Pankaj Mishra writes beautifully and simply about how the experience of PalFest helped him see afresh divisions in India, where Israel has been a “special friend,” particularly to Hindu nationalist politicians. Pakistani novelist Kamila Shamsie brings us in her essay, work by the great Urdu poet Faiz Ahmed Faiz (1911-1984), and she translates his "Lullaby to a Palestinian Child."

There is not only the difficult, but also joy and humor. “How quickly,” Ru Freeman writes, “we learned to wrest joy out of denial.” And always, anywhere you allow Suad Amiry a platform, there is the larger-than-life irony she deploys here in “Privatising Allenby.” Mohammed Hanif writes with a wonderfully conversational humor about a Pakistani Jewish man he met in Israel and how "I was pleasantly surprised to see the Jewish diaspora divided along Indian–Pakistani lines. Some of us might go to the promised land but we are bringing our enemies with us."

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Perhaps the most heartbreaking essay is “Letters from Gaza,” by Gazan novelist and memoirist Atef Abu Saif. It opens with a childhood writing assignment for an English-language class: “a letter to your friend abroad inviting him to visit you in your hometown.”

I met Abu Saif in London in 2015, where he had an eight-week writing residency. As I sat down to interview him, he was quick to offer me a cup of cardamom-flavored coffee he’d brought from his home, which he prepared in the Delfina Foundation kitchen. It was an act of reflexive hospitality from a man who can never invite anyone from abroad to visit his home, as the school’s writing prompt had implicitly promised.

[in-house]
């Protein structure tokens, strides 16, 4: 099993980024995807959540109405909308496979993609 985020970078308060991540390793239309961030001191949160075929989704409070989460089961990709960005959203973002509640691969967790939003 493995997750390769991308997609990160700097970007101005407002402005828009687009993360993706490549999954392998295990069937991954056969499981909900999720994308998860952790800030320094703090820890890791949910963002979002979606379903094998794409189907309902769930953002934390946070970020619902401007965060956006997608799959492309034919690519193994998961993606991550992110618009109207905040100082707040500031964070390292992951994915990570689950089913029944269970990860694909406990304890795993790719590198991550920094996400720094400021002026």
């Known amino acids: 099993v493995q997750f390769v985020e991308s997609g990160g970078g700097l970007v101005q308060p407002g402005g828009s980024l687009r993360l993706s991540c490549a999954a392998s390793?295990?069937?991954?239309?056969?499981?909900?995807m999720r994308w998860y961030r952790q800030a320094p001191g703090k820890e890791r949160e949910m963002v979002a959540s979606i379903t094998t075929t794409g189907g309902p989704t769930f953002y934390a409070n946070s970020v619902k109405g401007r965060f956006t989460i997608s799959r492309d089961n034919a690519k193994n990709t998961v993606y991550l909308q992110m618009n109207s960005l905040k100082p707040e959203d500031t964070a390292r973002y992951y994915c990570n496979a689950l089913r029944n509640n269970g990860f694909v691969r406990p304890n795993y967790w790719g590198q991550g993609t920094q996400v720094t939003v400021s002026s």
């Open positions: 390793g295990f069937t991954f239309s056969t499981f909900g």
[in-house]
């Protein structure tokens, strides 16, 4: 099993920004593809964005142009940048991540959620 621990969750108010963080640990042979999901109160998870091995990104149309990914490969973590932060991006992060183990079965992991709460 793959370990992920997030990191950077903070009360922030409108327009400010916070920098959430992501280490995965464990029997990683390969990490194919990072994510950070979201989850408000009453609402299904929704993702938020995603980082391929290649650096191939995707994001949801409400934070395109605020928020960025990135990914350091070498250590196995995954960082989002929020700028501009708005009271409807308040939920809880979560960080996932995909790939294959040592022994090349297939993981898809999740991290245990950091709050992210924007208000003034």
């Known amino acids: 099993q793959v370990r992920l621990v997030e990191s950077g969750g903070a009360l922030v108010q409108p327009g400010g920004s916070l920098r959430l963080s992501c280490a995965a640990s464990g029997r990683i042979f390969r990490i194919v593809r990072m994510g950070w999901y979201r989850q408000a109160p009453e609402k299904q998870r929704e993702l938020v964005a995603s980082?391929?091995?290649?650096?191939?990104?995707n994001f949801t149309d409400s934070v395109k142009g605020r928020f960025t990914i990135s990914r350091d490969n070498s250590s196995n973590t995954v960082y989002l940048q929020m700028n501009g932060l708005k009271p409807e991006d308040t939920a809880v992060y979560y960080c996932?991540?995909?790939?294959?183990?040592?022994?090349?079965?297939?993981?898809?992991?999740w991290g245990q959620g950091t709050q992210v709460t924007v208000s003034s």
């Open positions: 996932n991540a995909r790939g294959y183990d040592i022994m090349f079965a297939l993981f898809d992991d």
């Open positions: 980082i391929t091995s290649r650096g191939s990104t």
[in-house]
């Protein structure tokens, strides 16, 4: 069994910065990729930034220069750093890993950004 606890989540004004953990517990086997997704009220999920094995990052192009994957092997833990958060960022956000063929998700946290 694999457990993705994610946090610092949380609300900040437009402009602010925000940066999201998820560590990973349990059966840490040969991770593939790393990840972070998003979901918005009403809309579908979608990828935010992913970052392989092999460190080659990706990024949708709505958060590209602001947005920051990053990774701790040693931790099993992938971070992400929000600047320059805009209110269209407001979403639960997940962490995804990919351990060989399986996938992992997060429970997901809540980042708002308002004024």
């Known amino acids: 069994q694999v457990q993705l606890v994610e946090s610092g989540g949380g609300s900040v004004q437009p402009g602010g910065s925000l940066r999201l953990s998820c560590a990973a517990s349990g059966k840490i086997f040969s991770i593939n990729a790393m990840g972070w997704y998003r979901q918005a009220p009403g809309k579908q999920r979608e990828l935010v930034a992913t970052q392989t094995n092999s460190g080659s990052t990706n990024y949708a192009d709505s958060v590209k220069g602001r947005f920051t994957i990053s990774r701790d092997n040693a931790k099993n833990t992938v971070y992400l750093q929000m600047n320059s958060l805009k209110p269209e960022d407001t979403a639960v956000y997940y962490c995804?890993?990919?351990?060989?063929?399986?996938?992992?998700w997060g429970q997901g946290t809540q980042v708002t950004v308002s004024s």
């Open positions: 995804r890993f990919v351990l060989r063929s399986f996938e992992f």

In his This is Not a Border essay, Abu Saif writes in his characteristic mix of the banal, the lyric, and the ironic:

"Gaza is a hot place for news only. It is a bakery for delicious exciting breaking news. People come here to make stories about wars. Nobody comes just to visit. Dignitaries and public figures come to find out about Gaza. Sartre came to Gaza. My dad saw him in the street. "

The collection is bursting with words by some of the world’s most celebrated living and recently deceased writers. Collectively, they have won dozens of literary prizes, from the Fringe First to the Nobel. Some of their contributions are short statements, or straightforward reportage, but many more make unexpected connections.

As Mahjoub writes: "And perhaps the point is that this is no longer about Israel and Palestine, it is about who we are and what kind of world we want to live in.”

This is Not a Border will be launching at the Balham Literary Festival on June 10th. 

Four more recommended reads by Palfestivians on Palestine:

Suad Amiry, Nothing to Lose But Your Life: An 18-Hour Journey with Murad. Where Amiry transgresses the Separation Wall along with undocumented workers.

Najwan Darwish, Nothing More to Lose, trans. Kareem James Abu-Zeid. A collection of the young poets work, selected and translated by the award-winning Abu-Zeid.

Atef Abu Saif, The Drone Eats with Me. A painful, banal memoir written during the summer 2014 bombardment of Gaza.

Raja Shehade, Palestinian Walks. An Orwell Prize-winning journey through a vanishing landscape.


Marcia Lynx Qualey is a court poet, ghost writer, and itinerant scribe with a focus on Arab and Arabic literatures. Writes for The Guardian, The Chicago Tribune, Deutchse Welle, The National, and ... Show More